Monday, October 30, 2006


The Banquet

Zhang Ziyi has shown before that she can act (especially in Kar Wai Wong's 2046), and in Hong Kong's entry to the 78th Academy Awards, Ye Yan (The Banquet), she shines once again and shows why she's China's leading actress. She's more than just a pretty face, though she easily displays both this and her skill in the loose retelling of Shakespeare's Hamlet. Just like in many other recent Chinese/Hong Kong epics, the set designs and costumes are stunning, and the music is suitably grand (though in this film sometimes messy); most of those involved in Ye Yan were the same people Ang Lee worked with in Crouching Tiger, Hidden Dragon. That means that yes, there are still high-flying martial arts fight scenes here, mostly courtesy of Daniel Wu. They can prove distracting, sometimes even overdone, and the film might have worked more as a whole had subtlety not been cast aside for flash, but here the fights are more akin to a dance and are mostly fluid and lyrical. Aside from Zhang, actress Xun Zhou also gives a strong performance. Grade: B

The Prestige

Wolverine and Batman squaring off in a movie about magicians? I was onboard the moment I heard of the plot, the casting, and the director (Christopher Nolan). I did not let some negative pre-release reviews of The Prestige prevent me from seeing a film that I knew I would at least enjoy. I was not disappointed at all. The viewer can get slightly thrown off by the chronological order of the scenes (especially if he or she is not accustomed to Nolan's style of tweaking with the time element, as he so masterfully did in Memento), but other than that it's a strong headtrip of a movie, with a twist that you would be able to predict early on in the movie without ruining the whole experience. All principal actors, Hugh Jackman (in a dual role), Christian Bale, and Michael Caine, are superb, though Scarlett Johansson fails to shine onscreen. David Bowie is extremely effective in a short role. It is a thought-provoking and riveting film that is every bit as magical as its premise suggests. Grade: B+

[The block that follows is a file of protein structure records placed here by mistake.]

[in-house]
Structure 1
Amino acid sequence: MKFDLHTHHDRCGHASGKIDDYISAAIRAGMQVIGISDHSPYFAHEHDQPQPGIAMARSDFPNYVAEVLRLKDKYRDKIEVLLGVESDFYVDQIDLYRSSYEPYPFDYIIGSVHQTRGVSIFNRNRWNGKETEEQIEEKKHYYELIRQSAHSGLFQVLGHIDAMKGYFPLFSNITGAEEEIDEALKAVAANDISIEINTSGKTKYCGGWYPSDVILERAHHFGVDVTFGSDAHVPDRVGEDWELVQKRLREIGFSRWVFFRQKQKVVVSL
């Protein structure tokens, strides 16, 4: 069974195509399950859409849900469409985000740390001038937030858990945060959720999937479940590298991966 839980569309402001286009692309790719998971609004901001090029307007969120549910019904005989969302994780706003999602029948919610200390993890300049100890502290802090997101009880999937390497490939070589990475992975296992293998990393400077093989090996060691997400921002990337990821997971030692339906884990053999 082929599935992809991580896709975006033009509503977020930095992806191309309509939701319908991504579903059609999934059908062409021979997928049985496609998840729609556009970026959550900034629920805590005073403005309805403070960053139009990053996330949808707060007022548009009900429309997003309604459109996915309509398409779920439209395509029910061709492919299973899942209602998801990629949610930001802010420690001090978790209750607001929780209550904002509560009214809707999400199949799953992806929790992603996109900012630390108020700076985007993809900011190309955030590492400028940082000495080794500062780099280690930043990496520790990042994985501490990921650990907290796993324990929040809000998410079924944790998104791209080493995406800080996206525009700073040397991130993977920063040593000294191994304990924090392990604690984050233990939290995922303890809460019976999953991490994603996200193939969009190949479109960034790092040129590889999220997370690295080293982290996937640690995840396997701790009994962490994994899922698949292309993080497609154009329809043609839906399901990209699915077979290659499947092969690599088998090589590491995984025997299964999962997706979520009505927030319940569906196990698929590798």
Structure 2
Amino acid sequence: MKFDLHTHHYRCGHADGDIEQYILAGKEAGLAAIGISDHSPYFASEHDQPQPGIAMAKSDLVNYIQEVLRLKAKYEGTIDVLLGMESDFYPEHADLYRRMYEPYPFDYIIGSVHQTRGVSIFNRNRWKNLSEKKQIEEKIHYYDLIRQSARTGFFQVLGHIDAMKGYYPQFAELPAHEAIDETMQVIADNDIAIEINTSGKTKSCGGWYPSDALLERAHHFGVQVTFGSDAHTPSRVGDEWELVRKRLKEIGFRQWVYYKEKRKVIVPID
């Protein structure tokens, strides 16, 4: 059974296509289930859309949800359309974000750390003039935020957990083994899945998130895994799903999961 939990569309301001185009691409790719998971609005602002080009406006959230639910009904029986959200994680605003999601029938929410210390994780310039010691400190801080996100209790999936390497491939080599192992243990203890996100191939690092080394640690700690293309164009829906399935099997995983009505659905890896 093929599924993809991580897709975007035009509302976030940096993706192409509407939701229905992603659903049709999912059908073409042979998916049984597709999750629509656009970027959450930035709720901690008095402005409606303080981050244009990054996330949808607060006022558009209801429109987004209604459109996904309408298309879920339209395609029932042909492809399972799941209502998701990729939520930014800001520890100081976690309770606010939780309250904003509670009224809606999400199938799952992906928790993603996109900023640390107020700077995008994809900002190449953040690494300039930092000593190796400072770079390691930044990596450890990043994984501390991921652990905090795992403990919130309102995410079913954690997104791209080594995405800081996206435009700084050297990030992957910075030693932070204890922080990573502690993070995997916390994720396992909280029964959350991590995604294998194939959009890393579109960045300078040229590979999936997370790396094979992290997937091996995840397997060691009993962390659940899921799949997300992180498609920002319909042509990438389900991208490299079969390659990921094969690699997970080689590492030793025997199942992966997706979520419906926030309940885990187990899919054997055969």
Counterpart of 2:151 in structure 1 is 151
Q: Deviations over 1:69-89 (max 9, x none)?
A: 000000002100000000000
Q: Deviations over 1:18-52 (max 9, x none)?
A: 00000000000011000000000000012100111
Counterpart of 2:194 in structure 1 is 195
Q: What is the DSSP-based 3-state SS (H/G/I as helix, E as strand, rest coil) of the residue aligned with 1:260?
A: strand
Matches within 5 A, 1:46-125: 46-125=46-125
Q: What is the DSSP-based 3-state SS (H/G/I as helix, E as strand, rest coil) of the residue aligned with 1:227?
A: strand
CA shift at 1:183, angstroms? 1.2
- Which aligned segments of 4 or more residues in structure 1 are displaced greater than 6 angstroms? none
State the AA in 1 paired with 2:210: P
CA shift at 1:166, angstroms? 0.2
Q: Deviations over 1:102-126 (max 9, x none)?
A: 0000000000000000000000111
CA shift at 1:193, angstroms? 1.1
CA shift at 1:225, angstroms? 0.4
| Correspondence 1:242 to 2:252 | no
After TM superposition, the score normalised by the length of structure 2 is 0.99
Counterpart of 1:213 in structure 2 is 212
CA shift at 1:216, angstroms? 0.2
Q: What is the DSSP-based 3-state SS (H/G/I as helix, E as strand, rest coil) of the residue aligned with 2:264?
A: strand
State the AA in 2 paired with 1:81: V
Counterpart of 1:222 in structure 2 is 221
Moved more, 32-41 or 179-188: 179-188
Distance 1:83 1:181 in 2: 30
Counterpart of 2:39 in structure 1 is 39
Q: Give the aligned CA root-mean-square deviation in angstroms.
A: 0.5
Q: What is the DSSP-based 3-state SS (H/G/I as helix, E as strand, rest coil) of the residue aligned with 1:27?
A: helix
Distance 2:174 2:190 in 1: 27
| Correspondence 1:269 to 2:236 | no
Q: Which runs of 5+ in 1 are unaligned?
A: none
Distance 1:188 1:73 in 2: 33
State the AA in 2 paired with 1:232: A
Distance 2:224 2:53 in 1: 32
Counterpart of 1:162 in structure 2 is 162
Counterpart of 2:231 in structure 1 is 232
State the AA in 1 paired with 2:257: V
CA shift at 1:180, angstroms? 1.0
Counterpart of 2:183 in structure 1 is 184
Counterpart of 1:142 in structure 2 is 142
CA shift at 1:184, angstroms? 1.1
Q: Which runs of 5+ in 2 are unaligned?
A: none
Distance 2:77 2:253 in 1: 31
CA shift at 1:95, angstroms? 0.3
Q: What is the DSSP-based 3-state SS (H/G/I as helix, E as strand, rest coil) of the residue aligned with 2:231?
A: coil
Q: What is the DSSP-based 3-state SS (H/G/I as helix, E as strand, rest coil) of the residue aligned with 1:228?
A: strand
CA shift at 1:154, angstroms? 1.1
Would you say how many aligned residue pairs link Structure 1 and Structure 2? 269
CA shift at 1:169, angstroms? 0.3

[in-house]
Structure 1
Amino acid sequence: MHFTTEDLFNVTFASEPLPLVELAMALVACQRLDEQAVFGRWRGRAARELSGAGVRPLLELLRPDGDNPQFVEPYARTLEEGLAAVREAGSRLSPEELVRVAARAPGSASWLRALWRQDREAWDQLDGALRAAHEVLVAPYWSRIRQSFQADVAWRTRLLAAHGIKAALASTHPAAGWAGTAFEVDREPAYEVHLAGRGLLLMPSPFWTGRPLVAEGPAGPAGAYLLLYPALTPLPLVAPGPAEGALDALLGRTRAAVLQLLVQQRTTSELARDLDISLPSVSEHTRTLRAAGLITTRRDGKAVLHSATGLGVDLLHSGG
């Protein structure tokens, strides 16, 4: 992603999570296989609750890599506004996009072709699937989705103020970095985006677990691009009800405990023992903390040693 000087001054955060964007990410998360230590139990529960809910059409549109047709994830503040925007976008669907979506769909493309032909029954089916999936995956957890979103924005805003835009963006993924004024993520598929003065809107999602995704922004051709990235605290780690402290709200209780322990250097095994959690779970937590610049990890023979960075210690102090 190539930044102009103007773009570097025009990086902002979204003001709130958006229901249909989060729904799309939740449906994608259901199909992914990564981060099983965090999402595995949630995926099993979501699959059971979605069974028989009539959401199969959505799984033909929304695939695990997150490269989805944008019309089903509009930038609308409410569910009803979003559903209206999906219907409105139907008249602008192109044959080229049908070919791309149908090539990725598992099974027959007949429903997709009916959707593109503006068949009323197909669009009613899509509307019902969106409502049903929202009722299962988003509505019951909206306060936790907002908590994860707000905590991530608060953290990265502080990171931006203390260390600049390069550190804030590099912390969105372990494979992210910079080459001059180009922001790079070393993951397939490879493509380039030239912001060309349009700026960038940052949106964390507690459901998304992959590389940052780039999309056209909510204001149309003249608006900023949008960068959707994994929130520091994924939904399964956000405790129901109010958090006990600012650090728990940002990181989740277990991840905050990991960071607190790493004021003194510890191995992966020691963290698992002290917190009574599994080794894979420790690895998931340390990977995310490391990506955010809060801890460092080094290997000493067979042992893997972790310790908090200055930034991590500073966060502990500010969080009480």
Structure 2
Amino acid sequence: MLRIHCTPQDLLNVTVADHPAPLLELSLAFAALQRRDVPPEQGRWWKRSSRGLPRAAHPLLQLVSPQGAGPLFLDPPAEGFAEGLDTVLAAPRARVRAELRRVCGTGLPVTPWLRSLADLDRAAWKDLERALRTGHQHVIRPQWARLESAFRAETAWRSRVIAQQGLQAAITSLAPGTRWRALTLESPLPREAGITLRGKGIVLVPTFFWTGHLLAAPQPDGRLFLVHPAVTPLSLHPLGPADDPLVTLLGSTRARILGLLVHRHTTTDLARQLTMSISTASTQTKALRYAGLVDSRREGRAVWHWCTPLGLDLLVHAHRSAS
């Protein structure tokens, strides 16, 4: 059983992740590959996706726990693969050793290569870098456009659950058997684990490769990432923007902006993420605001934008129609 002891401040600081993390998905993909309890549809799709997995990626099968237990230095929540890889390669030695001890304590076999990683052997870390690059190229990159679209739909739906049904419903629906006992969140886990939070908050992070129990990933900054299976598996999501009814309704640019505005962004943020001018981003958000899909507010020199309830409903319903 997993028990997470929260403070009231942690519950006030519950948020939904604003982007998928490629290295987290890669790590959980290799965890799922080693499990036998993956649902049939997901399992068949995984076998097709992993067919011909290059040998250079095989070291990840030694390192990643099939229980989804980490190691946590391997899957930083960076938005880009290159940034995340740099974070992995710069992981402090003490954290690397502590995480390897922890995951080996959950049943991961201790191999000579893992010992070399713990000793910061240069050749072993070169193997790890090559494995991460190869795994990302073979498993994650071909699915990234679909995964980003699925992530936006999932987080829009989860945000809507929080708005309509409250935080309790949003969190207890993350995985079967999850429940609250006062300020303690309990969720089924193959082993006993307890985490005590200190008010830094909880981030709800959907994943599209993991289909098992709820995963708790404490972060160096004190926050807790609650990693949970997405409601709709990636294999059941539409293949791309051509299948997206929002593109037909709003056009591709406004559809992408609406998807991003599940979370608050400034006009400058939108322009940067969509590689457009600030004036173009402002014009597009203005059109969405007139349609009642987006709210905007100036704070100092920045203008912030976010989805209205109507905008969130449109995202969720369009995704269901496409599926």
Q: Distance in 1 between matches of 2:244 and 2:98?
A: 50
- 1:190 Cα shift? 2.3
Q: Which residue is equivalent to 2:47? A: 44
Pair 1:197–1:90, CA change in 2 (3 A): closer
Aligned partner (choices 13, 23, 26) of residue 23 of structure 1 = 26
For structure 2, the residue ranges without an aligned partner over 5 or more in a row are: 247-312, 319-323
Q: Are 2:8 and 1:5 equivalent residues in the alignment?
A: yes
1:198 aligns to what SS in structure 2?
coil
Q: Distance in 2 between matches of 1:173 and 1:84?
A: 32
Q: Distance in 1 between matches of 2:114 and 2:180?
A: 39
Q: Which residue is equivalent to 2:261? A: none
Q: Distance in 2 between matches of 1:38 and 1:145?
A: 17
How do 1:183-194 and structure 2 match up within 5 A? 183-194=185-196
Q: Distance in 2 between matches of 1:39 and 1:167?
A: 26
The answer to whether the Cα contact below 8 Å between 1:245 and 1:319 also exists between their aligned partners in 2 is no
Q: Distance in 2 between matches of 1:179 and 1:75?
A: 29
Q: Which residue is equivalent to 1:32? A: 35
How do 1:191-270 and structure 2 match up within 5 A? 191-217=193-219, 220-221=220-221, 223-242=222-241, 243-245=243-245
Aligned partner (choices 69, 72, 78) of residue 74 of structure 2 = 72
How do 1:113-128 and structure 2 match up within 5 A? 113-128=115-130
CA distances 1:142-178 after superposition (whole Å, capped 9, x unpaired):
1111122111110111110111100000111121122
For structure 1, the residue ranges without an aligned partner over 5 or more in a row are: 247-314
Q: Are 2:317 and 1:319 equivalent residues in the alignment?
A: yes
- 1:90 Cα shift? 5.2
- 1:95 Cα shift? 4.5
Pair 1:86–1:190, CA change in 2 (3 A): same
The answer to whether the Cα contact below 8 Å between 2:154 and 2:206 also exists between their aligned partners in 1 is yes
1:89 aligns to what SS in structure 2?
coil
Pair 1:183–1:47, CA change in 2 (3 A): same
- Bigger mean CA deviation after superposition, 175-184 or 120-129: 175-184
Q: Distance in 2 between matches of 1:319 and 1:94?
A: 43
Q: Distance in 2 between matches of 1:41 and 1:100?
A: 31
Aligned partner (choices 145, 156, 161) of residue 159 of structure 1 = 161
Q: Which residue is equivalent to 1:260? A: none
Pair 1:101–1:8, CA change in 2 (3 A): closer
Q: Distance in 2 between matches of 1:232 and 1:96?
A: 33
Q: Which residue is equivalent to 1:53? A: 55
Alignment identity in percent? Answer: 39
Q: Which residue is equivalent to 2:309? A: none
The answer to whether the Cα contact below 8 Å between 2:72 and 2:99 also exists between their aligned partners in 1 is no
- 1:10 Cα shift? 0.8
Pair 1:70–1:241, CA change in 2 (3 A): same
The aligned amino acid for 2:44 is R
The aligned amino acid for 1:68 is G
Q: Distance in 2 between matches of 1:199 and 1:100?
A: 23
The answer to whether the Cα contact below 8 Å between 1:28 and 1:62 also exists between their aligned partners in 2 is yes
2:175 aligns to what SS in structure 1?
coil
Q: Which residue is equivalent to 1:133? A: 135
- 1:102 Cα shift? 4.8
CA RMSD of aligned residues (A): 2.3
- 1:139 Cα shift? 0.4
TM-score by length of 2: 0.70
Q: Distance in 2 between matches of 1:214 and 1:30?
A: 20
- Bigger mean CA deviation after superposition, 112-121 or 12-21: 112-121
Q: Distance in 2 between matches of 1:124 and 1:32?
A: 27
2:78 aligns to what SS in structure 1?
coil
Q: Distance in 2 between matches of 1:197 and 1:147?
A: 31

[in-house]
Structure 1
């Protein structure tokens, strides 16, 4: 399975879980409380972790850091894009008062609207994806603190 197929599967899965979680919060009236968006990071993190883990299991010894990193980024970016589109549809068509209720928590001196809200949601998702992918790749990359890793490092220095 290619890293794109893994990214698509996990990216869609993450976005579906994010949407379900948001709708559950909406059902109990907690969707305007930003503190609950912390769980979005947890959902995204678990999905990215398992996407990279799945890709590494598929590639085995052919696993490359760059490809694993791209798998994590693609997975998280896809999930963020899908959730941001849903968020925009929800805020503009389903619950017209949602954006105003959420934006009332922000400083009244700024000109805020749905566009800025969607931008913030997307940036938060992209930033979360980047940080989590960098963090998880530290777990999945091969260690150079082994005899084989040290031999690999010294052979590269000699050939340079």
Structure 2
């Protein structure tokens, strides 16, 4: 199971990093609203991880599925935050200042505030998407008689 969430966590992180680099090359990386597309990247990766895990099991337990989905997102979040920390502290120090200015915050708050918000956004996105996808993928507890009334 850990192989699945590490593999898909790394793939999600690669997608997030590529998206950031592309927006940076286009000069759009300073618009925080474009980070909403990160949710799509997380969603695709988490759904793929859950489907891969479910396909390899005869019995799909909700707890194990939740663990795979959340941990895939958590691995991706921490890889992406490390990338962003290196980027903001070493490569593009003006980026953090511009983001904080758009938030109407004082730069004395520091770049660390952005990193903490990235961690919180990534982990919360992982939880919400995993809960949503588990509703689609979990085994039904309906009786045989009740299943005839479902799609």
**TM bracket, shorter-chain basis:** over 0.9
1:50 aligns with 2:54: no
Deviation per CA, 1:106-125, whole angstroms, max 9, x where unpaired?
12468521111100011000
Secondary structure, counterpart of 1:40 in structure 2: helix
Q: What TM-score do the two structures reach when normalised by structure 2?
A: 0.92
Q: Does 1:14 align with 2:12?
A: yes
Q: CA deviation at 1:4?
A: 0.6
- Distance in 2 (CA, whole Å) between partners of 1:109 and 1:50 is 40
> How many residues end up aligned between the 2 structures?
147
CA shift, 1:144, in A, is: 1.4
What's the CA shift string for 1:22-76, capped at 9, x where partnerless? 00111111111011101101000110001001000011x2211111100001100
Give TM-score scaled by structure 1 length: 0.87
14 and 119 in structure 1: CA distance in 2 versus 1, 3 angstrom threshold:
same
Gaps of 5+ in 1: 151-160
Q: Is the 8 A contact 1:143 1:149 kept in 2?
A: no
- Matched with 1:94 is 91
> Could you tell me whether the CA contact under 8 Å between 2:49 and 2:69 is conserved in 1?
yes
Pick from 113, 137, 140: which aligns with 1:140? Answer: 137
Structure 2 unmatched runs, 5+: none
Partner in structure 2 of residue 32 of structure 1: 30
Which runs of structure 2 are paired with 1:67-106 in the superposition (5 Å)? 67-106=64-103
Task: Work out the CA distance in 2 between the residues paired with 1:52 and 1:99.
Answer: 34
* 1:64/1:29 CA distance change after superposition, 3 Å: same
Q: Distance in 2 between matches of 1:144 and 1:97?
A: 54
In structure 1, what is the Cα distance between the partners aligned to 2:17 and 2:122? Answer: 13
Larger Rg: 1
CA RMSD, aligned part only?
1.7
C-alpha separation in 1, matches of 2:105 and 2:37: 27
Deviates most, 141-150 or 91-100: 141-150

The King and the Clown

Just like Hong Kong's Oscar entry, Korea's own, Wang-ui Namja (The King and the Clown), is a very visually appealing movie, with splashes of color in the Korean garb and set designs, and a pretty lead actor to boot. It is a moving film about two street performers/minstrels (played adequately by Woo-seong Kam and bishonen Jun-gi Lee) who land a job as court jesters by mocking the King (Jin-yeong Jeong in a far from endearing performance). Complications arise when the King's tyranny and cruelty abound as a result of the revelatory nature of the acting troupe's skits and are exacerbated by his growing obsession with Gong-gil (Jun-gi). Jun-gi's performance is the flashier here, with Woo-seong's being more subtle but no less effective. The film builds up the tension in the court without rush, and the dramatic scenes near the end are suitably powerful. The ending scene (and the scene accompanying the credits) is poignant and wraps up the film in a beautiful tone of realization and surrender. Grade: B+

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